A plastic straw ban is being touted by environmental activists, along with growing communities, who believe the plastic straw ban will help to protect marine life and produce less waste in landfills, according to NBC News. The plastic straw ban is gaining more momentum in coastal communities around the country.
This week, McDonald’s shareholders voted against a proposal to examine its plastic straw use from the advocacy group, SumOfUs, who seek a ban on the straws, according to The Hill. McDonald’s uses an estimated 95 million straws worldwide daily, according to SumOfUs.
Marine biologist and SumOfUs member Elaine Leung said that the problem with straws is that they never disappear. They simply break down into smaller and smaller pieces. Leung said that many of us see plastic straws as a harmless item, but they add up and causes various hazards.
California remains the only state to ban plastic bags. Ten other states have passed laws that limit or forbid both cities and counties from enacting their own plastic bag restrictions, according to NBC News.
Activists believe that the plastic straw ban can advance more rapidly than the ban on plastic bags, because most people view plastic bags as more of a necessity than a straw. Straws are seen as more of a small indulgence that many can do without.
The SumOfUs petition was signed by more than 480,00 people. The supporters urged McDonald’s to get rid of plastic straws. Currently, McDonald’s restaurants in the U.K. are experimenting with paper straws. The fast-food chains are keeping the plastic straws, which are available only on request, behind the counter.
Diana Lofflin, the founder of Straw Free, said that straws are something that anyone can give up easily without having it affect their lifestyle. She said that giving up straws is a small step that people can make to make an impact across the globe.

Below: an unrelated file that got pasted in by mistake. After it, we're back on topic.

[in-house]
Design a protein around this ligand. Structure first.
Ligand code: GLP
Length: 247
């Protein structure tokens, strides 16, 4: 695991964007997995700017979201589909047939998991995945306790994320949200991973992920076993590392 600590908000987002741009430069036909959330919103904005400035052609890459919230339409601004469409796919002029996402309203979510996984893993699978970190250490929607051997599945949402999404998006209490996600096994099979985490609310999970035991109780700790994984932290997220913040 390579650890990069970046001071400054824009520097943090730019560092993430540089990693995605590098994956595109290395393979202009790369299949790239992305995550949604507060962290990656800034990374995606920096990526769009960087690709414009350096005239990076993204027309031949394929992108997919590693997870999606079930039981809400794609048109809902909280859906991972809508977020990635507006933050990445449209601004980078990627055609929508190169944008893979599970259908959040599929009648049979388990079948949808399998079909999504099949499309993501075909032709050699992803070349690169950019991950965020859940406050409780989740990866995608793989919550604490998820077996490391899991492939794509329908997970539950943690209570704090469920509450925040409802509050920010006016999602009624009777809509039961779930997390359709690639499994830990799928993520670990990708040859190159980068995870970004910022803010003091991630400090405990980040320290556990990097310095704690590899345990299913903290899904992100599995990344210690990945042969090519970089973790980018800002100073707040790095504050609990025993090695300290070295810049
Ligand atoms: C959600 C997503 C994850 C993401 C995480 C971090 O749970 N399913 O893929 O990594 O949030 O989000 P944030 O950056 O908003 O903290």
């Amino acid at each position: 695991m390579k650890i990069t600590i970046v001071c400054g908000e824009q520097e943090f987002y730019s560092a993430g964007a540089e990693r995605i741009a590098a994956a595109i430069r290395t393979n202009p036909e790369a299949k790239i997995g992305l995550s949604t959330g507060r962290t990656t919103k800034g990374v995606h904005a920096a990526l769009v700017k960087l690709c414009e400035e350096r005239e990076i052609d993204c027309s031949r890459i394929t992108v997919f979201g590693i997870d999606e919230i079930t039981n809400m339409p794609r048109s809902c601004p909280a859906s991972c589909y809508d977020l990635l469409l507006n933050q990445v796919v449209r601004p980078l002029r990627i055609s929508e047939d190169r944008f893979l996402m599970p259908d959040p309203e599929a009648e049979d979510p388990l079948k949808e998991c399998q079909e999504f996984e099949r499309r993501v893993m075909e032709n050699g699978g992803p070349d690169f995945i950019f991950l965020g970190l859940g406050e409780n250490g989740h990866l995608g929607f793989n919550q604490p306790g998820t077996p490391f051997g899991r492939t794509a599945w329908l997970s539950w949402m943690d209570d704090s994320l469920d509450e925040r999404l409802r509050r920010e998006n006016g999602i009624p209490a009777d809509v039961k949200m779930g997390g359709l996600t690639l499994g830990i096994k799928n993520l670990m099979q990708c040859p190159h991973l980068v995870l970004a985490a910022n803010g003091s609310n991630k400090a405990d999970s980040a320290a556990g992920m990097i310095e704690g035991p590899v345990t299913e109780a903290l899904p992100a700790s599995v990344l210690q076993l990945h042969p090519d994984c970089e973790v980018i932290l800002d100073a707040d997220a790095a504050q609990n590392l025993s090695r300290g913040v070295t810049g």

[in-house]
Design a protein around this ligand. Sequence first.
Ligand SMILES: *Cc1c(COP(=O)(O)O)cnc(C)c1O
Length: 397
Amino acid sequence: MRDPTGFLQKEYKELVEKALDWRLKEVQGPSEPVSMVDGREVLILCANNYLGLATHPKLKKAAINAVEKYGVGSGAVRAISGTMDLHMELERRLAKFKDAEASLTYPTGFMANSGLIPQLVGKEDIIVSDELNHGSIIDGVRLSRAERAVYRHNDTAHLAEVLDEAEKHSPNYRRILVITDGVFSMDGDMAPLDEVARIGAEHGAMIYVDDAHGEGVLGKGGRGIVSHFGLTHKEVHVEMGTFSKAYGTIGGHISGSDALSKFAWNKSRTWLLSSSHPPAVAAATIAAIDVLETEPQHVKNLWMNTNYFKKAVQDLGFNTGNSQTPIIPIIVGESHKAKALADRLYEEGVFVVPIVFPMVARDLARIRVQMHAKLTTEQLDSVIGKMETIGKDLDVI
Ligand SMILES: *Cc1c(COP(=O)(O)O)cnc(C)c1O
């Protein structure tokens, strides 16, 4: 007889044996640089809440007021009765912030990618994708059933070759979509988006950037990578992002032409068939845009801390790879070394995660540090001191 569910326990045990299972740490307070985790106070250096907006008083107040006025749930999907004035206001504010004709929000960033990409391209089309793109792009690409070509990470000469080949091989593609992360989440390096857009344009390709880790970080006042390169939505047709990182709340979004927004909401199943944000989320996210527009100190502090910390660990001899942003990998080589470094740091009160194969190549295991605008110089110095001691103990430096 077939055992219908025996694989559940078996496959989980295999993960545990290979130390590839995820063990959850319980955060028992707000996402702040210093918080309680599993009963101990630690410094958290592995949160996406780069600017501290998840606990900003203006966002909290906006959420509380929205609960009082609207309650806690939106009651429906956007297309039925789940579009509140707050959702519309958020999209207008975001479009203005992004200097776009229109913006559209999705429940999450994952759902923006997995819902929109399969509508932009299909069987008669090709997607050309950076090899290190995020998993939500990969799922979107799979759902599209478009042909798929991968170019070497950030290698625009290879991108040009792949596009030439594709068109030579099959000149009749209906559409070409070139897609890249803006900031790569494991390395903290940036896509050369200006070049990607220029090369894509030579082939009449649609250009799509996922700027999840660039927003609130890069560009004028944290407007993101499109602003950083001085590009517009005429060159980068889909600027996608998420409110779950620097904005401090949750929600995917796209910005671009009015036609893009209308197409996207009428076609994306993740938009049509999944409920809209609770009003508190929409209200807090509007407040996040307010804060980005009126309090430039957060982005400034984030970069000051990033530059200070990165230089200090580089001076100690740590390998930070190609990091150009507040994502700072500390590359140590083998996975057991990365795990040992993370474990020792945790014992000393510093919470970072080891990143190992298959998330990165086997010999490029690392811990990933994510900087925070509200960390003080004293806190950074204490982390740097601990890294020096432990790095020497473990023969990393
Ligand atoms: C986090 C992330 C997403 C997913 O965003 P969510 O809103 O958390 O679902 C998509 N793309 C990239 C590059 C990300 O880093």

There have been hundreds of viral photos and videos of seals who have been trapped in plastic netting or dead whales enmeshed in plastic that have helped the initiative gain momentum. One YouTube video, which has received nearly 25 million views, displays rescuers trying to remove a straw from a sea turtle’s nose.
Plastic straws are falling deep into the ocean and subsequently harming fish and aquatic life. Three million straws a day have been collected by volunteers through the Ocean Conservancy’s International Coastal Cleanup, per Nick Mallos, the director of the Trash Free Seas Program.
The plastics industry says that banning plastic straws will not solve threats to marine creatures and that communities should do more to recycle plastic straws.
Last week, New York City councilman Rafael Espinal introduced a measure that would ban plastic straws in both food and beverage establishments, according to Forbes.
Scientists Call For Worldwide Ban On Glitter
Environmental anthropologist, Dr. Farrelly, said that she thinks all glitter should be banned because it’s a microplastic. Glitter and other microbeads are used in cosmetics, body washes, clothing, and most commonly seen in arts and crafts supplies. However, glitter is made up of small plastic particles.
Most glitter is made of aluminum and a plastic called PET. Dr. Farrelly has investigated how PET can break down to release chemicals that disrupt hormones in the bodies of both animals and humans.
These chemicals have been linked with the onset of cancers and have also been known to cause neurological diseases. Scientists have argued that these particles have made their way into the ocean where animals then consume it. It has been reported by CBS New York that the number of microplastics in the world’s ocean total up to 51 trillion fragments.
Plastic particles were found in one-third of the fish caught in the United Kingdom, according to the findings of a study carried out by Professor Richard Thompson.
Scientists at New Zealand’s Massey University have also agreed that glitter is a microplastic, and because of that, it should be banned.
Cheryl Hadland, director of Tops Day Nurseries, told the BBC that the kilos of glitter being used across the country would do “terrible damage.”
Dr. Ferrelly said that avoiding cosmetic glitter and microbeads is a “no-brainer.” Ferrelly said that she’s fed up with consumers being responsible in trying to “avoid this stuff” because it’s nearly impossible to do. Dr. Ferrelly said that producers need to be responsible and use safer, non-toxic alternatives.